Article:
Monitor Farm Walks
Teagasc/Glanbia End of Programme Farm Walks 2018
The Teagasc/Glanbia Joint Programme was set up to assist dairy farmers to obtain the knowledge and support to enable them to make the necessary changes for a profitable and sustainable future. The family dairy farm continues to be central to sustainable milk production.
A series of farm walks will take place over the coming weeks to highlight the skills and knowledge gained by the farmer participants in the joint programme which have helped them to sustainably and profitably future proof their dairy farm businesses.
In this short clip, the farmers participating in the Teagasc/Glanbia Monitor Farm Programme give a brief overview of their key learning’s from the programme in advance of their farm walks in Autumn 2018.
This Joint Programme focussed on:
- Improving cost control and farm profitability through better financial and business management skills;
- Increasing grass growth and maximising forage usage;
- Improving herd fertility and optimising calving pattern;
- Increasing milk solids production per cow and per hectare;
- Improving milk quality to meet more challenging market requirements and maximising compliance with the Open Source Sustainability standard.
All farmers are welcome to these farm walks.
- Friday, 5 October, 11am - Shane O'Loughlin, Oghill, Monsterevin, Co. KildareShane O’Loughlin’s family have been farming at Oghill, Monasterevin, Co Kildare since 1953 when his grandfather bought the farm. Shane says 'joining the Teagasc/Glanbia Monitor Farm Programme has been a great experience for me, there’s no doubt I have to put the work into it. But I get a lot out of it. It’s given me great information, helped me to focus and there are always people on the other end of the phone for support’. ‘It’s been a great sounding board and type of discussion group in its own right.’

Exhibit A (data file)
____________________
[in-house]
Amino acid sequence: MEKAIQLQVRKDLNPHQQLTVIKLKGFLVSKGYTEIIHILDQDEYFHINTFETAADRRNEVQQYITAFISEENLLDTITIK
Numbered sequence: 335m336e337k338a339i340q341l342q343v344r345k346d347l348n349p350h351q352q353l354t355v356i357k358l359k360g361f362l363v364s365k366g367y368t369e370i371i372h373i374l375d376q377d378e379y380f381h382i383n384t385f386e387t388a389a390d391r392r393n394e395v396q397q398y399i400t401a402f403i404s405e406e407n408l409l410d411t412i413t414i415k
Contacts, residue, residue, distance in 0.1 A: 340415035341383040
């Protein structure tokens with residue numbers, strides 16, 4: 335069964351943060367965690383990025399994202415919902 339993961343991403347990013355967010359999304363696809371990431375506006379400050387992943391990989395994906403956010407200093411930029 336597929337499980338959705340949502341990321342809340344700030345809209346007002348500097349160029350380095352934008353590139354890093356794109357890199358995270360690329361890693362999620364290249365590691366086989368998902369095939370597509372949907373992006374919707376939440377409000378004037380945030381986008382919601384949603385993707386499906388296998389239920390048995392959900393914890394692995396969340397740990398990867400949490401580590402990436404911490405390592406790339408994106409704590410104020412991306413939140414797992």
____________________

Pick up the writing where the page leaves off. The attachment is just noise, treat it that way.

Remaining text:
- Tuesday, 9 October, 11am - Brendan Phelan, Ballykillaoby, Kilmacow via Waterford, Co. KilkennyBrendan grew up on the mixed dairy and beef farm and had always been interested in farming. He spent some time during the boom years involved in building in Ireland, before returning to farming. Brendan says ‘I am constantly trying to improve how things are done and the Monitor Farm programme is helping me to see how I can be more effective with my time and get that bit more from the resources that I have.’
- Friday, 12 October - Conor Beausang, Churchquarter, Grange, via Youghal, Co. WaterfordConor Beausang, Churchquarter, Grange, via Youghal, Co. Waterford
- Friday, 19 October - Jamie & Lorraine Kealy, Slaneyquarter, Tullow, Co. Carlow
- Friday, 28 September, 11am - Martin Davin, Eglish, Rathdowney, Co. Laois Martin Davin’s family have farmed at Eglish near Rathdowney in Co Laois for three centuries. Martin says that 'the Programme has taught me to work smart so that I can free up time for jobs which feed into decision making; and to step back and do more planning for the farm. Beforehand, I was measuring grass and I had figures, but I didn’t have the confidence to act on the figures. Now I’m using the information to make improvements.’ Event Booklet
- Thursday, 27 September, 11am - Paddy O'Gorman, Rathkeevan, Clonmel, Co. Tipperary Paddy O’Gorman has almost doubled the size of his dairy herd in the last decade, since he took over the running of the family farm at Rathkeevan, just outside Clonmel in Co. Tipperary. Having grown up on the farm Paddy was keen to broaden his skills and have the opportunity to travel. He initially studied Structural Engineering in Cork Institute of Technology before travelling to Australia for a year. He says it was, without a doubt, a useful experience. ‘It helped me to be more open minded and to learn to research information. These are skills I use on my farm today.’ Event Booklet